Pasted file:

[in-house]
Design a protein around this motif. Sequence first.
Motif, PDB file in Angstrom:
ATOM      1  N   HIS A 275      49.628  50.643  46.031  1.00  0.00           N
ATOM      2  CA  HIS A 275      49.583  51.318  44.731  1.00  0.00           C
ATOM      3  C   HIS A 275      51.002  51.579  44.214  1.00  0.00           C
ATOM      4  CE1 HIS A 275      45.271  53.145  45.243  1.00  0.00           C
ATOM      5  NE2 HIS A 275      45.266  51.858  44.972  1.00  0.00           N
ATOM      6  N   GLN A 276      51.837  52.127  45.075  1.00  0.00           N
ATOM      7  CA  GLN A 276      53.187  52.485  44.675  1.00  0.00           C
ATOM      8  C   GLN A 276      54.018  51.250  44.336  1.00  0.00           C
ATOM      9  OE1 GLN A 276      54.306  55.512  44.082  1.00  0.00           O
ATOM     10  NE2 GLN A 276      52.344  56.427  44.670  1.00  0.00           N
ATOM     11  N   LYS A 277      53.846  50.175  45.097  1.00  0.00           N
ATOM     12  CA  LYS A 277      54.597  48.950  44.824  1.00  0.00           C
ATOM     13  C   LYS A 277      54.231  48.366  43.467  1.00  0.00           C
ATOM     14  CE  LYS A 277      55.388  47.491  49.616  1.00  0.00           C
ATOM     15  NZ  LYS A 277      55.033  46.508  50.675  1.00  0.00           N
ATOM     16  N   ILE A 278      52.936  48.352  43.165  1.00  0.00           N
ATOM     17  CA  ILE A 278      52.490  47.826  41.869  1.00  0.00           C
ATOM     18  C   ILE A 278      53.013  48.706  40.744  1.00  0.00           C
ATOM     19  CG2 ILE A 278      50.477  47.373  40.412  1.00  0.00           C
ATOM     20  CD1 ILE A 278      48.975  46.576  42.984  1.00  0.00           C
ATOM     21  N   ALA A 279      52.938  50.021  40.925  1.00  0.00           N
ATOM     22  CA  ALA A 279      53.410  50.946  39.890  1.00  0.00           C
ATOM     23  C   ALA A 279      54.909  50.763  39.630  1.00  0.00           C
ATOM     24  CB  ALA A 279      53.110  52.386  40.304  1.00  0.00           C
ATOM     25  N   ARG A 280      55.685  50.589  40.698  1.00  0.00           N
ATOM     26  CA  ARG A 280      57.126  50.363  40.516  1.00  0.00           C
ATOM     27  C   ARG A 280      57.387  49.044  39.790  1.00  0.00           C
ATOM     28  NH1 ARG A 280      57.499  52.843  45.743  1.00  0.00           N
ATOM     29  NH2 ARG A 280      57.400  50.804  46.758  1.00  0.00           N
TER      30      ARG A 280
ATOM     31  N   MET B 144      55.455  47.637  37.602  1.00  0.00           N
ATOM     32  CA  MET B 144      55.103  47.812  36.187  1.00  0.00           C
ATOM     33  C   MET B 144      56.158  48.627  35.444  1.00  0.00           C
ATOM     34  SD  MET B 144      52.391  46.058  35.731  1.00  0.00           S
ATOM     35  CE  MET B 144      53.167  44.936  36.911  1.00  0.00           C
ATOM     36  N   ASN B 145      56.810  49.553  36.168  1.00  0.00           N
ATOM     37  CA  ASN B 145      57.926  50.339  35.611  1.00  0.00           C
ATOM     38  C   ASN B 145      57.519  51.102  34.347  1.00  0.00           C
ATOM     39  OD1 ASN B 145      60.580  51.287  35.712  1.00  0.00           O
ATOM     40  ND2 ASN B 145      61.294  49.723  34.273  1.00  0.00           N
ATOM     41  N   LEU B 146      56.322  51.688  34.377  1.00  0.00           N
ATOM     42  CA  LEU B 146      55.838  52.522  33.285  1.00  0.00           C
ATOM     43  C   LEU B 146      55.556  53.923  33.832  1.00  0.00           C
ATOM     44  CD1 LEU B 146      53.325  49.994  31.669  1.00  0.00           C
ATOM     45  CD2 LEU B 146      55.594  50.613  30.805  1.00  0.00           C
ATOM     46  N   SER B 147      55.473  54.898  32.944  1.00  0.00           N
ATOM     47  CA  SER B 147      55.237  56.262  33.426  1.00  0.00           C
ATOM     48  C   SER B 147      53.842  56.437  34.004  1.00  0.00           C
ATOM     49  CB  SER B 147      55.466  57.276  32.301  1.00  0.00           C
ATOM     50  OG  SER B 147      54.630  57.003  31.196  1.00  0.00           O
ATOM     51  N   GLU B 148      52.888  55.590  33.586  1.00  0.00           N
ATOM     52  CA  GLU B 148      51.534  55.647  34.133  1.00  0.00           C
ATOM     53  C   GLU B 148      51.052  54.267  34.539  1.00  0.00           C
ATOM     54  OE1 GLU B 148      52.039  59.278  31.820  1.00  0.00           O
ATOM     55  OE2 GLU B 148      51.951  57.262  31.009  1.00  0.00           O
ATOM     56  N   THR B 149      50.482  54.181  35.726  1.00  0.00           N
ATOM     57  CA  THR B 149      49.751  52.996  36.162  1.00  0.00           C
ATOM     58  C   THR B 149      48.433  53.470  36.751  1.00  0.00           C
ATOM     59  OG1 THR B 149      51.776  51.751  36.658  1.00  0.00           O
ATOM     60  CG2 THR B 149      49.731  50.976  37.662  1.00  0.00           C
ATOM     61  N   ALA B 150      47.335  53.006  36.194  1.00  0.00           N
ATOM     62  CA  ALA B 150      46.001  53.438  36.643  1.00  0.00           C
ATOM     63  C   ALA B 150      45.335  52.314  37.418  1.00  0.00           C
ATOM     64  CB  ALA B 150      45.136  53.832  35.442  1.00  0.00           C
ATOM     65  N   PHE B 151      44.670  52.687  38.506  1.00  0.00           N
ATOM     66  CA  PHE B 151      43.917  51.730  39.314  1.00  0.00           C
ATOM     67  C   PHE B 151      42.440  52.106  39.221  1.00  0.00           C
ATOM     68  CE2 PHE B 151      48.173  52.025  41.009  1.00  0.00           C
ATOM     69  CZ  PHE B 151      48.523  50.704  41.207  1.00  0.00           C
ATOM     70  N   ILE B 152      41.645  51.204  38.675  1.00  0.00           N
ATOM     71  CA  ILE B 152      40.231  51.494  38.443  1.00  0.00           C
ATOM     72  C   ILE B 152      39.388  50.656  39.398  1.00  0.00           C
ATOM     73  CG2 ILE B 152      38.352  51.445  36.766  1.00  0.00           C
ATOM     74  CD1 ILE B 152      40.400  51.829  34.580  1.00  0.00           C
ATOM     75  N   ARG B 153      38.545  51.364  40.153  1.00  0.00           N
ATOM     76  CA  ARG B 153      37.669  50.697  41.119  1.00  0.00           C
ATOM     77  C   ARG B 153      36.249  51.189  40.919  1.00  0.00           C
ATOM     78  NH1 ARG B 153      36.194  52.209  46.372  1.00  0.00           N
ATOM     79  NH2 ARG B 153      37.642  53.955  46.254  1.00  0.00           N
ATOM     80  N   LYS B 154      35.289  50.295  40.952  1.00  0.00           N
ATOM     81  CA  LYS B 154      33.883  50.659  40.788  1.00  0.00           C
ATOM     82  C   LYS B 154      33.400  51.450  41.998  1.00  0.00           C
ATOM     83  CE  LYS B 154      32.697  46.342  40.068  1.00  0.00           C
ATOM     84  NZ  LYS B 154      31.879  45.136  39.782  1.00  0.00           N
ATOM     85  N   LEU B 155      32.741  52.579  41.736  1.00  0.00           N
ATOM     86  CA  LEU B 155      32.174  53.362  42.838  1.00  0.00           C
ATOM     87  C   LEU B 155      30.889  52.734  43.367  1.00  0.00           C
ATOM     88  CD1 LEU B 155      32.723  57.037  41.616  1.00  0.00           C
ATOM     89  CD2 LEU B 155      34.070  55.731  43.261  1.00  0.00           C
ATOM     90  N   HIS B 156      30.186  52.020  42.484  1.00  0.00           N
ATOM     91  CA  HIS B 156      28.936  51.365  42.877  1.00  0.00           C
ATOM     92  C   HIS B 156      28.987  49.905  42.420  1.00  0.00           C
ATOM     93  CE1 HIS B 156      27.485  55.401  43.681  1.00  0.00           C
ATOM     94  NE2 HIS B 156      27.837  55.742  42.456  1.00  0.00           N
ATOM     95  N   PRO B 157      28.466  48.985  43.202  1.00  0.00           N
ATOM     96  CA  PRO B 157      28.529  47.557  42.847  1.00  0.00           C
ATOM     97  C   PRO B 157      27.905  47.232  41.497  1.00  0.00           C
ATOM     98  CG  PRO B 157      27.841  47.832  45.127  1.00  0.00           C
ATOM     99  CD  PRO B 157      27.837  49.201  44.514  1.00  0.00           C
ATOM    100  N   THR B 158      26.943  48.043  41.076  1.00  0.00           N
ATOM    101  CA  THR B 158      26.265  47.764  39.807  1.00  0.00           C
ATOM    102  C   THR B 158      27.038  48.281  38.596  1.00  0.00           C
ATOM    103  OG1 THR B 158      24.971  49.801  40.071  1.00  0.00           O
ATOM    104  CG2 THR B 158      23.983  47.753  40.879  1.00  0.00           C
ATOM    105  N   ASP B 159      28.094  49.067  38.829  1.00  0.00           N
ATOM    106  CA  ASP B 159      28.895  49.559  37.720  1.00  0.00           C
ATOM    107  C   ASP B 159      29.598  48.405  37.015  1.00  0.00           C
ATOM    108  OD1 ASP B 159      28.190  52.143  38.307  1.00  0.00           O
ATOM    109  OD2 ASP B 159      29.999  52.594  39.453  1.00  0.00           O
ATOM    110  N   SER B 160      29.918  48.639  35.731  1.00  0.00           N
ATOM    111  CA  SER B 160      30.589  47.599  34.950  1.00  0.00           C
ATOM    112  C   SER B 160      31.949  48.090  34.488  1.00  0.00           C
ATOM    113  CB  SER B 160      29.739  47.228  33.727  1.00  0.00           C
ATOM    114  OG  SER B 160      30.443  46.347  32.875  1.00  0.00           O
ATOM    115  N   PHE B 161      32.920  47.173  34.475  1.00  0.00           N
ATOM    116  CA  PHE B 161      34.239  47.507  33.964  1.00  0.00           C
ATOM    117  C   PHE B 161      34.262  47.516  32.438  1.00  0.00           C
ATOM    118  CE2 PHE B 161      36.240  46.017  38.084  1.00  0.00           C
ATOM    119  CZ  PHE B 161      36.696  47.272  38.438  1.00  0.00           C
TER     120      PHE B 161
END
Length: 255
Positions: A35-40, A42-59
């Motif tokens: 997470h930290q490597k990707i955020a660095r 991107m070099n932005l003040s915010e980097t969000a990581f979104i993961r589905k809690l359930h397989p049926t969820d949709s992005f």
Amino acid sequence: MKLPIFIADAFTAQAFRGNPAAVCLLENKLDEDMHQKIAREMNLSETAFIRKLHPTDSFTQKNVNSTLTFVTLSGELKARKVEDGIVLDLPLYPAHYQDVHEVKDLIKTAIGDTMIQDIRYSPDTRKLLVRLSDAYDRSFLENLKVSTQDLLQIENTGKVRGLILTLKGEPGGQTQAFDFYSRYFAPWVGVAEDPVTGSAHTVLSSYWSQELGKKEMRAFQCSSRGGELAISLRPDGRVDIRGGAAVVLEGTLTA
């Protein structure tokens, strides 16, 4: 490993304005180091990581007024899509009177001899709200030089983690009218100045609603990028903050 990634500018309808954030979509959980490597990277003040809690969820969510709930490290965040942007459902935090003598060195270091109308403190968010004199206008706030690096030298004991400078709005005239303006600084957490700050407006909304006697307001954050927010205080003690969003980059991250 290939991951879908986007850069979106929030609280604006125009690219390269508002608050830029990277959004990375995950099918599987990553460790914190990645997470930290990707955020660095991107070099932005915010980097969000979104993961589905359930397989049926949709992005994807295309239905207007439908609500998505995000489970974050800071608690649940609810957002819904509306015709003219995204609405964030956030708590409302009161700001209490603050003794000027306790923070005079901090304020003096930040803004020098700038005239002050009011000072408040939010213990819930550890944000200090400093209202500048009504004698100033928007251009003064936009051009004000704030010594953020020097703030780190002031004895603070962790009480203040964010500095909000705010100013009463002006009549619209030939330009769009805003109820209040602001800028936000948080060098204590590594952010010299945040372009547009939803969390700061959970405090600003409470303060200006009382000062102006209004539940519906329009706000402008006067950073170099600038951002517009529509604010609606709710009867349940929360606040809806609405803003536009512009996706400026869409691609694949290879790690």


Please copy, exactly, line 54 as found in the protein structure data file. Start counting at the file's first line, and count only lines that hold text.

ATOM     51  N   GLU B 148      52.888  55.590  33.586  1.00  0.00           N